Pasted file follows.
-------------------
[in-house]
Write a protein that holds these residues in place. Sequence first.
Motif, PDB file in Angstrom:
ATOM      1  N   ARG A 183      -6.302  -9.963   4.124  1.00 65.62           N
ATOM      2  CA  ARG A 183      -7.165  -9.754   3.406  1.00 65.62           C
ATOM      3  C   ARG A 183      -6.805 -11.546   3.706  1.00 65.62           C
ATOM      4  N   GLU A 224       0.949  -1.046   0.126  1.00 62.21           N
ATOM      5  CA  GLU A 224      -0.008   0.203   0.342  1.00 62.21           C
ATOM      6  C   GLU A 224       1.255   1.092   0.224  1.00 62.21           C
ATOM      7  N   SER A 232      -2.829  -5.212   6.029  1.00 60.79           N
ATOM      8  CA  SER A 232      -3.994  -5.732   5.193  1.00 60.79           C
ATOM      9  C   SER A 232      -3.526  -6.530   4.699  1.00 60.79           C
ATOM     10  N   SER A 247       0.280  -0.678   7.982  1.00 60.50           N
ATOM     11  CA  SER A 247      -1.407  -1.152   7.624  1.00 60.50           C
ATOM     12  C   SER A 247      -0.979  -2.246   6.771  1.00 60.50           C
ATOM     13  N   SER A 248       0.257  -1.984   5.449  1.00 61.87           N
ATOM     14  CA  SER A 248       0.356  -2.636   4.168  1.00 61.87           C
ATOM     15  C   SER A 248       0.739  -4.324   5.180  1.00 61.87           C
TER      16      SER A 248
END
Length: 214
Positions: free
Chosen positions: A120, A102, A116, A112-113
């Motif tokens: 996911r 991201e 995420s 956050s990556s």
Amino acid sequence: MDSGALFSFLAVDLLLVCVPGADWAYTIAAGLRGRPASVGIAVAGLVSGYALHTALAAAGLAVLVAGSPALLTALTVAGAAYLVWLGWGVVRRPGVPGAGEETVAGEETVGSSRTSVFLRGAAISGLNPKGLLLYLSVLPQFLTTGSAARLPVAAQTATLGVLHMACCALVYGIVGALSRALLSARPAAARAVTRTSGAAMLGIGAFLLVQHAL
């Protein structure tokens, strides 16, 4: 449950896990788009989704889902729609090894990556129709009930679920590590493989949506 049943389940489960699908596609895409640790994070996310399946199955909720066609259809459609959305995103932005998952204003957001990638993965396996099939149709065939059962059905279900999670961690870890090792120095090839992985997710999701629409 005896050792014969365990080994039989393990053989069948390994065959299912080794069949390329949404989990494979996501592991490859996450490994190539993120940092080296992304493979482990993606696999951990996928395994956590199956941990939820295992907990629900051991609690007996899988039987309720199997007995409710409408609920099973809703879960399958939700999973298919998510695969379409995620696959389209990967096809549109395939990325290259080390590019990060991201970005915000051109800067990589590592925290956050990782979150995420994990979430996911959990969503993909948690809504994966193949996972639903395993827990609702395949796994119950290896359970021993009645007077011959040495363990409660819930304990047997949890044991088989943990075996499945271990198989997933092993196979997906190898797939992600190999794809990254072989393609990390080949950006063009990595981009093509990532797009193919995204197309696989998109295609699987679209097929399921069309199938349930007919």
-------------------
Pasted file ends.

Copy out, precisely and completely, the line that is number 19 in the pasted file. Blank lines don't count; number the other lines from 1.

TER      16      SER A 248